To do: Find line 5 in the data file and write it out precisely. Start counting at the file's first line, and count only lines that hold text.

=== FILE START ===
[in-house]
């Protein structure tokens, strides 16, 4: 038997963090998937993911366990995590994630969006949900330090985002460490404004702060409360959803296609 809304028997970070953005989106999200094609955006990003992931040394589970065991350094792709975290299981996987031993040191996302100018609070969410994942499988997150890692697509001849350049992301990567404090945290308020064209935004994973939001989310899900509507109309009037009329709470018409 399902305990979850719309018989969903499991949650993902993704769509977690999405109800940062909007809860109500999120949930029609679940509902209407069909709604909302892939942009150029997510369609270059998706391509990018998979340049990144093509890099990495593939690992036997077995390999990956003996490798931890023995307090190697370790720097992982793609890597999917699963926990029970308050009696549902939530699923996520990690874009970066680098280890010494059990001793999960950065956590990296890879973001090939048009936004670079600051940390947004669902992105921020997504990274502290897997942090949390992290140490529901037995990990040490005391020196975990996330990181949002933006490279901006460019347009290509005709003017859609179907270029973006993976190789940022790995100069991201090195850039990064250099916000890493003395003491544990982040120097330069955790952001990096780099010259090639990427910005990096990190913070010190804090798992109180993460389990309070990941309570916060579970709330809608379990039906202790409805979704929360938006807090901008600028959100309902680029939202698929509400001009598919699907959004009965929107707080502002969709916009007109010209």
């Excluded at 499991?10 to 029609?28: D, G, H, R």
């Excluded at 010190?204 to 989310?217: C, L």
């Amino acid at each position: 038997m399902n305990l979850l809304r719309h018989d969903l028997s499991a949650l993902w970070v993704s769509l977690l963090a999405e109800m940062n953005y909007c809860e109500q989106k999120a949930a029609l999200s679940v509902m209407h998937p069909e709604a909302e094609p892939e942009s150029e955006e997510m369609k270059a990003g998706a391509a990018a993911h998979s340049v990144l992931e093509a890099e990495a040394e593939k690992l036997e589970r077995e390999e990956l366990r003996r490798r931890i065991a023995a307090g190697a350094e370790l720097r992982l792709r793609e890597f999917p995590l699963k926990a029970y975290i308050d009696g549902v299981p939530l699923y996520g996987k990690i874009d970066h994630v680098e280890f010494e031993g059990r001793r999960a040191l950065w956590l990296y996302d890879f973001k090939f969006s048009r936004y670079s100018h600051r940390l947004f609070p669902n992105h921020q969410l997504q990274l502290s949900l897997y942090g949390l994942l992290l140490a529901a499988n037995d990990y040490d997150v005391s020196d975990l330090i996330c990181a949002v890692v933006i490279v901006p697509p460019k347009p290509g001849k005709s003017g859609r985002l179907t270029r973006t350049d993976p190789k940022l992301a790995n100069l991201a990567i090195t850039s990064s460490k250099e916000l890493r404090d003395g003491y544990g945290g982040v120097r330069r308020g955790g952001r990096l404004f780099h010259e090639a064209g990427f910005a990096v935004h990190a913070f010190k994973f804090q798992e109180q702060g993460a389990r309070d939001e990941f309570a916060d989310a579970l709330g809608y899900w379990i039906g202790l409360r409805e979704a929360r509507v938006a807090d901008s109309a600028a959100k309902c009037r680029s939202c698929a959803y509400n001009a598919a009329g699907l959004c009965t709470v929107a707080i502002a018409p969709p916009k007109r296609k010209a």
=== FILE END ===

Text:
């Amino acid at each position: 038997m399902n305990l979850l809304r719309h018989d969903l028997s499991a949650l993902w970070v993704s769509l977690l963090a999405e109800m940062n953005y909007c809860e109500q989106k999120a949930a029609l999200s679940v509902m209407h998937p069909e709604a909302e094609p892939e942009s150029e955006e997510m369609k270059a990003g998706a391509a990018a993911h998979s340049v990144l992931e093509a890099e990495a040394e593939k690992l036997e589970r077995e390999e990956l366990r003996r490798r931890i065991a023995a307090g190697a350094e370790l720097r992982l792709r793609e890597f999917p995590l699963k926990a029970y975290i308050d009696g549902v299981p939530l699923y996520g996987k990690i874009d970066h994630v680098e280890f010494e031993g059990r001793r999960a040191l950065w956590l990296y996302d890879f973001k090939f969006s048009r936004y670079s100018h600051r940390l947004f609070p669902n992105h921020q969410l997504q990274l502290s949900l897997y942090g949390l994942l992290l140490a529901a499988n037995d990990y040490d997150v005391s020196d975990l330090i996330c990181a949002v890692v933006i490279v901006p697509p460019k347009p290509g001849k005709s003017g859609r985002l179907t270029r973006t350049d993976p190789k940022l992301a790995n100069l991201a990567i090195t850039s990064s460490k250099e916000l890493r404090d003395g003491y544990g945290g982040v120097r330069r308020g955790g952001r990096l404004f780099h010259e090639a064209g990427f910005a990096v935004h990190a913070f010190k994973f804090q798992e109180q702060g993460a389990r309070d939001e990941f309570a916060d989310a579970l709330g809608y899900w379990i039906g202790l409360r409805e979704a929360r509507v938006a807090d901008s109309a600028a959100k309902c009037r680029s939202c698929a959803y509400n001009a598919a009329g699907l959004c009965t709470v929107a707080i502002a018409p969709p916009k007109r296609k010209a």